4. After it was deep into the valley, a dynamite charge would be tossed out of the tank and exploded. The valley being replete with land mines, the fakery by the tankers would portray that their tank had happened upon one of such hazards.
5. As was obvious to anyone with the acuity of the operation's planner, the Chinese would, after dark, come out to commandeer the "damaged" tank and its crew. Then, when the tankers or the other lurking friendly forces heard the nefarious sneaking of the enemy, the news of success would be sent to Bn Hq and friendly artillery would fire parachute flares which would light up the entire valley.
6. The coup would be completed with the decimation of the enemy by our small arms fire (so as not to harm the tankers, safely inside their mobile fortress) from both sides of the valley.
Robert Burns once said, "The best laid schemes o' Mice an' Men, gang aft agley." Well, the scheme carried out that day certainly "ganged" very "agley".
The first four gambits of this "best laid" scheme went about as planned - even the setting off of the dynamite charge. The only inauspicious happening was that, about dusk, a slight drizzle of rain began to fall.
As the night went on the rain became a torrent. We could have heard nothing except the deluge falling on our steel helmets and could have seen nothing except, maybe, the next guy a few feet away. It became a very long miserable night - maybe not as bitterly cold as it had been in the winter, but I remember being very chilled to the bone, very drenched, and very full of evil thoughts about the fate I wished for the head schemer, whoever it was.
Finally, about dawn, we were ordered to return to the MLR. I don't remember whether it was on that trip or another that I first noticed the second of the two defunct tanks I spied in the Company A area. There, in the middle of the Imjin River, sat the tank which had been the star of the grand scheme that ganged agley.
It was told to me that, the Imjin having risen as a result of the punishing rain we had endured, the tank's electrical system was also drowned out.
That tank sat there, in the middle of the Imjin, for weeks or more - in fact, I can't remember its being moved during all my remaining time with a view of the Imjin. So, I guess the photo is not of that particular defunct tank (either).
Any of the Bunker guys with something to say about the (three?) defunct tanks is invited to email the story to me. It'll end up here.
I may have written too much on this page; but, while I originally intended it to be special only for Sam's sake, the unmentioned images that came back to me (like Sam, a Co A guy) as I wrote wound up making the page special to me too.
On 31 Jul 1952, Sam lost an arm in the battle for Outpost Kelly. On the same day and in the same battle, we both lost some very dear companions. They are not "forgotten" by us.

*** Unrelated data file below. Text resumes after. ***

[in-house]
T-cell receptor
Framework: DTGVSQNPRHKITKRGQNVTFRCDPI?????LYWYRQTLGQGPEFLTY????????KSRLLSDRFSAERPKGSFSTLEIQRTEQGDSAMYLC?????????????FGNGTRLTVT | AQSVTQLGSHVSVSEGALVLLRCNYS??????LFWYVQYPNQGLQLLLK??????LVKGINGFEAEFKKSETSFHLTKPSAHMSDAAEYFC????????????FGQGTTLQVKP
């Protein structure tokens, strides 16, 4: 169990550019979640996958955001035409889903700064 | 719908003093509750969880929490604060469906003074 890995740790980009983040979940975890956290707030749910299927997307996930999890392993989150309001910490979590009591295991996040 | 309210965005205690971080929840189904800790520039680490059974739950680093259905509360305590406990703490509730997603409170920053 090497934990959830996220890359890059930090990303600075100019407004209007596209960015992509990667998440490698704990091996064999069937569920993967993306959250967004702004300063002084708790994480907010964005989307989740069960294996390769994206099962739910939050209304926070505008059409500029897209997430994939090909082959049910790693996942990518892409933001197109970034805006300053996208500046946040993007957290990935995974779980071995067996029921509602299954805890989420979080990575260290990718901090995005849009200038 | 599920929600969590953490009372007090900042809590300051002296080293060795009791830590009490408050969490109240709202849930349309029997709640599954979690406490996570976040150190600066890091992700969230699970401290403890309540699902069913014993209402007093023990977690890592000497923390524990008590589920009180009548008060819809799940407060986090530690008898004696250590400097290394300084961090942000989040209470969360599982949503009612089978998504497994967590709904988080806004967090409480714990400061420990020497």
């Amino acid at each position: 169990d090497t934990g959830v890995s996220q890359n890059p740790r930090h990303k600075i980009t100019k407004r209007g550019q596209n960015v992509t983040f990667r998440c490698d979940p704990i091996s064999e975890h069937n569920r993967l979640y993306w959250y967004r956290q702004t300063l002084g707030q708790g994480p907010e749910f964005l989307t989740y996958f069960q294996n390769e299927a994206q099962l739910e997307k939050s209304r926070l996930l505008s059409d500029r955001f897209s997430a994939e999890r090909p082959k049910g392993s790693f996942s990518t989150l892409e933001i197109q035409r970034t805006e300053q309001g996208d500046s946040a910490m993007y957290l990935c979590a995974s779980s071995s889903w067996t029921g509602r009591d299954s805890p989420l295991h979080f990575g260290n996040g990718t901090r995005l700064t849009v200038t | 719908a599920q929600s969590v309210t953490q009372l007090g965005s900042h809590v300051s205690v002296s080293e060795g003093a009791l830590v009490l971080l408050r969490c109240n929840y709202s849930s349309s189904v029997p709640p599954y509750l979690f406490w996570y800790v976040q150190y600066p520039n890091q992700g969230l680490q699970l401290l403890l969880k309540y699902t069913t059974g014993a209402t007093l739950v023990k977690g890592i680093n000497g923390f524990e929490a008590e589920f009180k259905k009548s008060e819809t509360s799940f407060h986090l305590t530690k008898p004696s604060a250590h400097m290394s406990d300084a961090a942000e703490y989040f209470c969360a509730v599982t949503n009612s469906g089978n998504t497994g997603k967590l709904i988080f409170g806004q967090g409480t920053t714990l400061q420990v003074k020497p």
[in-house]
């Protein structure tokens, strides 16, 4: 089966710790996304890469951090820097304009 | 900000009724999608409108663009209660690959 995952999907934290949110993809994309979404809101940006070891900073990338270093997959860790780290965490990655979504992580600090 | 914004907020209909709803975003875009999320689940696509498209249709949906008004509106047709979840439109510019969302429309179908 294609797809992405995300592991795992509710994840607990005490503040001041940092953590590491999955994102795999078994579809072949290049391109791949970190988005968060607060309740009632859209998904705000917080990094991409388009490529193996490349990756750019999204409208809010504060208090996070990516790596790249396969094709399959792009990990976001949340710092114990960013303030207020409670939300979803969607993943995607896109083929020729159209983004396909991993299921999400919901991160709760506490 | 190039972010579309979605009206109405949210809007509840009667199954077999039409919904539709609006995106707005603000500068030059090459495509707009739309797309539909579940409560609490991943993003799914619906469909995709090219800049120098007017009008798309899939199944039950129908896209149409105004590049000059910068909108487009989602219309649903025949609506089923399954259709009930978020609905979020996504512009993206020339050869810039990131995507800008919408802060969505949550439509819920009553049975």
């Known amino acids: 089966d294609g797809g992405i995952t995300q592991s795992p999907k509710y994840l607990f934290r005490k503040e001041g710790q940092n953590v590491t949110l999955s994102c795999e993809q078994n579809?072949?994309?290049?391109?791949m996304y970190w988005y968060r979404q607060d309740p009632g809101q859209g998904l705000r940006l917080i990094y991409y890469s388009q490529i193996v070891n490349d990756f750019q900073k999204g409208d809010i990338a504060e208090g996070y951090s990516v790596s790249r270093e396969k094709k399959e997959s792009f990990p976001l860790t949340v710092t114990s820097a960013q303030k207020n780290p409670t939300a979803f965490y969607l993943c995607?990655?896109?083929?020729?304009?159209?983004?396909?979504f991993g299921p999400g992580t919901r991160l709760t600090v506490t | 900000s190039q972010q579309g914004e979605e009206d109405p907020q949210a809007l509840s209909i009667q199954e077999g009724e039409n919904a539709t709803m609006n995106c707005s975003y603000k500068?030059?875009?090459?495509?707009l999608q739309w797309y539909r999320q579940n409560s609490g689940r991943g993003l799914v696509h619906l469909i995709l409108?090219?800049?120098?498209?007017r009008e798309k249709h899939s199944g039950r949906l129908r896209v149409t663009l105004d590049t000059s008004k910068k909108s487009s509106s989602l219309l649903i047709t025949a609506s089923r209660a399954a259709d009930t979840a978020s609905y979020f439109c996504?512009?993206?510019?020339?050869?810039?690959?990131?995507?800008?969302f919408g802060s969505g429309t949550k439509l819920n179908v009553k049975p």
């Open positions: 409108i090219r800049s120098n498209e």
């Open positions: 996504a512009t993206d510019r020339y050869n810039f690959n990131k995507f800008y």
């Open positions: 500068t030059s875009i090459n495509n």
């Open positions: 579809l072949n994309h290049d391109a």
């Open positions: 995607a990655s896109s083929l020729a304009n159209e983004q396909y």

--------- Add-ons --------
13 Jun 2001 email from Bart Soto, a friend to the guys in the Bunker:
Merv, that tank looks like an M-26 "Pershing". I'm an Armor Officer and have a good eye for identifying tanks. Bart.
15 Jun 2001 email from J. C. Poe (#2):
Hi Merv. I remember well the tank that you saw (on that Christmas day) rolled over on its top. It was only about 150 yards from my apartment and office. It took about three days for all the basic load of ammo to cook off as it burned.
I expect I need not tell you how bad burning human flesh smells as we were all exposed to that odor at one time or another. I can not remember how long it was before they disposed of the burned out hull or what they did with it but it was removed sometime after you arrived. Later, J.C.
MK note: That Poe fails to remember the other tank incident of which I spoke has jogged my memory of when it happened. Poe rotated from home while Company A was at the POW Camp so it must have happened in late June or early July 1952 - that is, after Able was at the POW Camp and before it participated in the battle for Kelly on 31 Jul 1952. MK.
19 Jun 2001 email from Tom Jones, another friend of the Bunker gang:
Hello Merv. Thanks for latest update. I read, with interest tempered with sadness, all the comments regarding the final hours of the overturned and burning tank .
I have seen death, but never had to live with it as a daily occurrence even though it was always there somewhere, waiting in the shadows.
Engraved on a (1944) memorial in the old Naval War Cemetery at Vis in the Adriatic are these words:
Life to be sure is nothing much to lose,
But young men think it is, and we were young.
Sort of says it all, really. Yours, Tom.
Map and Photo Index
Sam, a River, a POW Camp, and a Jeep IBB - Page Four
"Can Do" Photo Index